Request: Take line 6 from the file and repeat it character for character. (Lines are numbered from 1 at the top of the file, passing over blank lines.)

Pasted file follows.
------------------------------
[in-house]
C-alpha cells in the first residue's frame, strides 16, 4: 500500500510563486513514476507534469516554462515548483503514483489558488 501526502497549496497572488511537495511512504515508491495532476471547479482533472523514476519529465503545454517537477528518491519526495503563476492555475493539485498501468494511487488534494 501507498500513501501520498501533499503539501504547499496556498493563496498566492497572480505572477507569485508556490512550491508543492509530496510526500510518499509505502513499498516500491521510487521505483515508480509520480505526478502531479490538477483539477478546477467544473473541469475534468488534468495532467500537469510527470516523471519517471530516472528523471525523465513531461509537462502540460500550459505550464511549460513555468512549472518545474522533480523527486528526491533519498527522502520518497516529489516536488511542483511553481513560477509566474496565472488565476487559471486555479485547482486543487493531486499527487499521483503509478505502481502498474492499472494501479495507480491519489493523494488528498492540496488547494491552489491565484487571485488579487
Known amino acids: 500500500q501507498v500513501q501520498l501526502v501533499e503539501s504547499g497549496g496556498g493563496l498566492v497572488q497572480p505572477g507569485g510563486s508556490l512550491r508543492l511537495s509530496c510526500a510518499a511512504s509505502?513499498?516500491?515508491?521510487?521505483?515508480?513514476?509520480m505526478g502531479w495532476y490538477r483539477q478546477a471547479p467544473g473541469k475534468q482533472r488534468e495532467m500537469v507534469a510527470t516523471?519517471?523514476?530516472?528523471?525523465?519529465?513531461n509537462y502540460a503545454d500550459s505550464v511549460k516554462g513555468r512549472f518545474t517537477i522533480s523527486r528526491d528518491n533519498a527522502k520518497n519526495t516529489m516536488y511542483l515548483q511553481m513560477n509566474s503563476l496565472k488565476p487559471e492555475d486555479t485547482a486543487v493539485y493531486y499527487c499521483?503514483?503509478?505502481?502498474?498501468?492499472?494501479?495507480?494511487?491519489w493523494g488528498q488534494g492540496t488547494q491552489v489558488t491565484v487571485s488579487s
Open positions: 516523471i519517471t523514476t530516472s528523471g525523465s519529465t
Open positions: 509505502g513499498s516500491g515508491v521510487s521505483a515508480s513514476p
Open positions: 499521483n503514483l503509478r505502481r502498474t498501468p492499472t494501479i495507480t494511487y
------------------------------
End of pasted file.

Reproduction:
Open positions: 499521483n503514483l503509478r505502481r502498474t498501468p492499472t494501479i495507480t494511487y